Posts

Extra Large Turkey

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Let's talk about Christmas. Come on. Let's just do it. It's lurking there in our peripheral vision, drooping and thirsty, like an end-of-the-line tree losing all its needles and baubles. I was in an ASDA yesterday for the big shop, and while Halloween was still the headline, Christmas was there in its mass-produced shadow, desperate to burst out and flounce around on centre stage, like it does. There were selection boxes, cut-price mega bottles of spirits, bags of chocolate sprouts. I spotted a couple of reindeer, a few santas, a twinkle of tinsel. And there, in the frozen aisle, the depressing sight of engorged turkey carcasses piled on top of each other, straining against their shrink-wrap. It's beginning to look a lot like the holidays are coming and the weather outside is frightful. The problem is, its not just the weather that looks bad.It's going to be a tough festive season. Tomorrow is Halloween and I've already seen multiple houses in the neighborhood …

Gabriel Hounds

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A dearth of animal encounters yesterday, largely because I have started a new job and so am chained to my computer and confined to my study. I considered squeezing out a blog-post about the computer mouse (why is it a mouse? What's up with that?), but I doubt anyone really wanted that, least of all me. So, instead, I used Microsoft Excel to help me generate a random number and turned to page 227 of the Encyclopedia of Magical Creatures, as featured in a former post. I landed upon 'Gabriel Hounds', who are deadly cryptids from British mythology who visit the houses of sick people as a sign of imminent death. I therefore present to you this prose-poem thing about the work ethic of these death-beasts and their boss. Views entirely my own.
Gabriel Hounds
They say hell hath truly arrived when the hounds need a spreadsheet. When they lope up to Gabriel, tails between legs, and implore him to download Excel.Hell hath truly arrived when Gabriel, normally so supercilious, concedes to…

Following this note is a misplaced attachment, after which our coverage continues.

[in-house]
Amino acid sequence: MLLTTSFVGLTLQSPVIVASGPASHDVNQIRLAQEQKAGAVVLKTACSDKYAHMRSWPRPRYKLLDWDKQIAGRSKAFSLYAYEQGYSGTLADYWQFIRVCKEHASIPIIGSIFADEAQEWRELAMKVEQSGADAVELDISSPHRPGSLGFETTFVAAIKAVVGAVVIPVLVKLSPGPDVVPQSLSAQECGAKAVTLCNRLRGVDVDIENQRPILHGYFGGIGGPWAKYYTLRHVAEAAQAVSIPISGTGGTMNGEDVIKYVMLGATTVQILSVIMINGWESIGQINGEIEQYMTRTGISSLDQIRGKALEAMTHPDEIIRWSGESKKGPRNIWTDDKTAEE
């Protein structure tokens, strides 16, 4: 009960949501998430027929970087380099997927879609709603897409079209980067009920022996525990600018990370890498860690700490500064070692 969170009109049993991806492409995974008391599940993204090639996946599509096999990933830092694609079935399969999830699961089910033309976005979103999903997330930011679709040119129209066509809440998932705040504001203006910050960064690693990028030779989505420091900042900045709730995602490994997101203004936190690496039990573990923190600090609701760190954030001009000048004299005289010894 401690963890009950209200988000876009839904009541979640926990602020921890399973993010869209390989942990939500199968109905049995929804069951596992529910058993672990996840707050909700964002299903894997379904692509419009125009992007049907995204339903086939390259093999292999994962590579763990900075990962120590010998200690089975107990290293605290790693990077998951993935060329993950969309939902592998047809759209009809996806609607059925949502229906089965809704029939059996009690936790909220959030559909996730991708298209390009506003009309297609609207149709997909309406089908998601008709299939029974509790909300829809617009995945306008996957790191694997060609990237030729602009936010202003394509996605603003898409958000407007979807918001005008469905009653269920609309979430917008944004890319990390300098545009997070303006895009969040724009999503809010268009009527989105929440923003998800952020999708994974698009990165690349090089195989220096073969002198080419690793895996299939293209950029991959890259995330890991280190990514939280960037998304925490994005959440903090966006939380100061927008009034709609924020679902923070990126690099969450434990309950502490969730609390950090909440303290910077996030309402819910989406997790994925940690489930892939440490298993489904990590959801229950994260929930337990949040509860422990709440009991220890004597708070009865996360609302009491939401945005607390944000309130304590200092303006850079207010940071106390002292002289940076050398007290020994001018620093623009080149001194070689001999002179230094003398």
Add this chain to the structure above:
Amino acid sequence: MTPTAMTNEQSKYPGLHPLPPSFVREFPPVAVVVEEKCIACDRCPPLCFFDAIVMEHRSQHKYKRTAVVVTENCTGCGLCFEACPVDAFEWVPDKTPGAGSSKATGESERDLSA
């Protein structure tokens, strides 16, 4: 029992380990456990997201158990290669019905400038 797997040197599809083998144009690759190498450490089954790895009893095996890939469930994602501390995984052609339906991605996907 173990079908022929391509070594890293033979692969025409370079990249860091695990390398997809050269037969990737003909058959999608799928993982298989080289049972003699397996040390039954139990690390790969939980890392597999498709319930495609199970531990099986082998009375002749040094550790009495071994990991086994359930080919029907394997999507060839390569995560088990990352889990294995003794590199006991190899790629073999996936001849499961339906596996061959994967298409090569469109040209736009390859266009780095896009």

The Toad's Leg Will Keep You Safe

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A rare outing last night to have a substantial meal with some alcohol and a bit of time among some art. We took ourselves down to HOME, Manchester's latest arts hub success story, the evolution of the legendary Cornerhouse cinema. Usually a place buzzing like the proverbial Manchester bee, now just doing the best it can in spite of everything. They've managed to get their theatre and cinema programmes up and running again, and they have the luxury of a spacious restaurant and bar for their lockdown-approved food provision. We were there, predominantly, to scoot around their art gallery, which has reopened with a new exhibition this weekend. It is a triptych of three solo exhibitions united by their use of illustration and their themes relevant to the current situation: Mike S Redmond and Faye Coral Johnson's Bubbling Pitch - a series of feverish and lively dream-like sketches, Joy Yamusangie's Blue Glass Fortunes - a striking exploration of the Congolese diaspora in mo…

Storytelling Animals